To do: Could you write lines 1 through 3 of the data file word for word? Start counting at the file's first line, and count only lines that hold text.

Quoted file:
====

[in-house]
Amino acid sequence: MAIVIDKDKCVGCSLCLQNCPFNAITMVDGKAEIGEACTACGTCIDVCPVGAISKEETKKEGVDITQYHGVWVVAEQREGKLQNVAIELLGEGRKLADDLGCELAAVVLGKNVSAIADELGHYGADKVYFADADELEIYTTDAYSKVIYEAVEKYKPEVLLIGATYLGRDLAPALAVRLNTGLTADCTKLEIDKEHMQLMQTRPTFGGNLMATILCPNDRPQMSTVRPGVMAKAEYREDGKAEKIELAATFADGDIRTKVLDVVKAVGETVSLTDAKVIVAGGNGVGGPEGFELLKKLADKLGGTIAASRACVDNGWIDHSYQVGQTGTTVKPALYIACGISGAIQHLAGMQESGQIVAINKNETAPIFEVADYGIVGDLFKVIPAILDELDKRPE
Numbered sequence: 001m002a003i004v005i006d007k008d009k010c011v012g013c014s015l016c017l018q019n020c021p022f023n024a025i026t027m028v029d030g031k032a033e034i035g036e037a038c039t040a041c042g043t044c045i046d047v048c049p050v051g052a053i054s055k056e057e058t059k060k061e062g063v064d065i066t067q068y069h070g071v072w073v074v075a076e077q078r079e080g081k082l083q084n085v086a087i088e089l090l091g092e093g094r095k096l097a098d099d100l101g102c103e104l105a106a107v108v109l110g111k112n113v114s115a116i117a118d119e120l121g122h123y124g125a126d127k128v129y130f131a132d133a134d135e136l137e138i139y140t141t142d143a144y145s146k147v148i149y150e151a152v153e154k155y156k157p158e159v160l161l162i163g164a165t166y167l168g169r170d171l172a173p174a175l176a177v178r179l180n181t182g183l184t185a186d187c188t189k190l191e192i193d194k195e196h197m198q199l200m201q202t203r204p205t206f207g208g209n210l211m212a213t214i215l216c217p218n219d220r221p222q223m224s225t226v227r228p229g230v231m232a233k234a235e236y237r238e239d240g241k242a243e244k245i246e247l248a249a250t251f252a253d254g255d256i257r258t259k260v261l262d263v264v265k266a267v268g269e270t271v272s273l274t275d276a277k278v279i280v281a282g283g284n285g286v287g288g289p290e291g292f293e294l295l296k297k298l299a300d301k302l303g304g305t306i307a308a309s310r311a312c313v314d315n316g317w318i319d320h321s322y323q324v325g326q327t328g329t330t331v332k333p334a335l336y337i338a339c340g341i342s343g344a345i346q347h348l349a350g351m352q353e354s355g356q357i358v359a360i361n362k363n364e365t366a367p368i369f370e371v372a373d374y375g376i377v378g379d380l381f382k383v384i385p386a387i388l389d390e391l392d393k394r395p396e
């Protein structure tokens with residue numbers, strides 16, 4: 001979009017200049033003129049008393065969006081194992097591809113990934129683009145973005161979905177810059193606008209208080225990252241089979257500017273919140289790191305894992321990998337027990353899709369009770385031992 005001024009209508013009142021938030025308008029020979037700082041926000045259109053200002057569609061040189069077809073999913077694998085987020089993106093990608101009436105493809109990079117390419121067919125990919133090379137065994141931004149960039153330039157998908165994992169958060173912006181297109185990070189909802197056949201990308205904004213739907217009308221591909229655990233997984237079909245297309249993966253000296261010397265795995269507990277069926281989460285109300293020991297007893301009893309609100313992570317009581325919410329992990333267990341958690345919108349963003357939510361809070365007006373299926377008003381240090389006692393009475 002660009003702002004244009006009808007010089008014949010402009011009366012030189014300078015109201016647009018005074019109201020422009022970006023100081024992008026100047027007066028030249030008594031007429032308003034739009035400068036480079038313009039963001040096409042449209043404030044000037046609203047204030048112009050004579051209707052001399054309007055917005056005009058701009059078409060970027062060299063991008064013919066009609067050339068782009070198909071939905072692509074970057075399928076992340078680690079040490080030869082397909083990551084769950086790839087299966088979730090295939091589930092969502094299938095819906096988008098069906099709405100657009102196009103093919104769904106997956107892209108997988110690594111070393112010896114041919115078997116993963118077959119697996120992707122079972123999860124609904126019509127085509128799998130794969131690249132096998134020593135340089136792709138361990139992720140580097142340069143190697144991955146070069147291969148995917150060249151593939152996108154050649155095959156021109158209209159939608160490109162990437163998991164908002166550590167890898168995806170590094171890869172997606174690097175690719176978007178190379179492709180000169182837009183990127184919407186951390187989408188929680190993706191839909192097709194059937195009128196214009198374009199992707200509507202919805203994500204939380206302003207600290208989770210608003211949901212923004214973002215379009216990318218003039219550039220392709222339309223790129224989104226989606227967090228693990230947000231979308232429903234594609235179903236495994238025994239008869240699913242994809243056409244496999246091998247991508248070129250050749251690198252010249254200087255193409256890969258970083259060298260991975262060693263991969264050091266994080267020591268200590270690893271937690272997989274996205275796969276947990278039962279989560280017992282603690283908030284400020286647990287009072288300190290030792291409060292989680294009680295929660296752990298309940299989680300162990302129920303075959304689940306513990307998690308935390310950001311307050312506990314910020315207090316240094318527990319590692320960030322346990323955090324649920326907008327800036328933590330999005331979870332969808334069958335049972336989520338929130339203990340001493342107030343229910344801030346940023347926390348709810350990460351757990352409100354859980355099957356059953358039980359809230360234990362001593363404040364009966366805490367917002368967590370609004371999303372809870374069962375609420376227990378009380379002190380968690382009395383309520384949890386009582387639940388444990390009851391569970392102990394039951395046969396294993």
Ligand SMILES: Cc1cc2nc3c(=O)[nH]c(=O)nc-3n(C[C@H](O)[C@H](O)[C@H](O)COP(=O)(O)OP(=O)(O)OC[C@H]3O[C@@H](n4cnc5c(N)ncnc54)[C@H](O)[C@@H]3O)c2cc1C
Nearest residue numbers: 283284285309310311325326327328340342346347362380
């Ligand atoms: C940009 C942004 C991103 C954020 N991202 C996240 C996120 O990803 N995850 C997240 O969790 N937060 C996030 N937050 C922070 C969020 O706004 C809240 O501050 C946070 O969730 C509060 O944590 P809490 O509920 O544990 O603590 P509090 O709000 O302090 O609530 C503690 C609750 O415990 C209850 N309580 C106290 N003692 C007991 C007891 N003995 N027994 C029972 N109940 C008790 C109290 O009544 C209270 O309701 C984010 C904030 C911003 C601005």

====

[in-house]
Amino acid sequence: MAIVIDKDKCVGCSLCLQNCPFNAITMVDGKAEIGEACTACGTCIDVCPVGAISKEETKKEGVDITQYHGVWVVAEQREGKLQNVAIELLGEGRKLADDLGCELAAVVLGKNVSAIADELGHYGADKVYFADADELEIYTTDAYSKVIYEAVEKYKPEVLLIGATYLGRDLAPALAVRLNTGLTADCTKLEIDKEHMQLMQTRPTFGGNLMATILCPNDRPQMSTVRPGVMAKAEYREDGKAEKIELAATFADGDIRTKVLDVVKAVGETVSLTDAKVIVAGGNGVGGPEGFELLKKLADKLGGTIAASRACVDNGWIDHSYQVGQTGTTVKPALYIACGISGAIQHLAGMQESGQIVAINKNETAPIFEVADYGIVGDLFKVIPAILDELDKRPE
Numbered sequence: 001m002a003i004v005i006d007k008d009k010c011v012g013c014s015l016c017l018q019n020c021p022f023n024a025i026t027m028v029d030g031k032a033e034i035g036e037a038c039t040a041c042g043t044c045i046d047v048c049p050v051g052a053i054s055k056e057e058t059k060k061e062g063v064d065i066t067q068y069h070g071v072w073v074v075a076e077q078r079e080g081k082l083q084n085v086a087i088e089l090l091g092e093g094r095k096l097a098d099d100l101g102c103e104l105a106a107v108v109l110g111k112n113v114s115a116i117a118d119e120l121g122h123y124g125a126d127k128v129y130f131a132d133a134d135e136l137e138i139y140t141t142d143a144y145s146k147v148i149y150e151a152v153e154k155y156k157p158e159v160l161l162i163g164a165t166y167l168g169r170d171l172a173p174a175l176a177v178r179l180n181t182g183l184t185a186d187c188t189k190l191e192i193d194k195e196h197m198q199l200m201q202t203r204p205t206f207g208g209n210l211m212a213t214i215l216c217p218n219d220r221p222q223m224s225t226v227r228p229g230v231m232a233k234a235e236y237r238e239d240g241k242a243e244k245i246e247l248a249a250t251f252a253d254g255d256i257r258t259k260v261l262d263v264v265k266a267v268g269e270t271v272s273l274t275d276a277k278v279i280v281a282g283g284n285g286v287g288g289p290e291g292f293e294l295l296k297k298l299a300d301k302l303g304g305t306i307a308a309s310r311a312c313v314d315n316g317w318i319d320h321s322y323q324v325g326q327t328g329t330t331v332k333p334a335l336y337i338a339c340g341i342s343g344a345i346q347h348l349a350g351m352q353e354s355g356q357i358v359a360i361n362k363n364e365t366a367p368i369f370e371v372a373d374y375g376i377v378g379d380l381f382k383v384i385p386a387i388l389d390e391l392d393k394r395p396e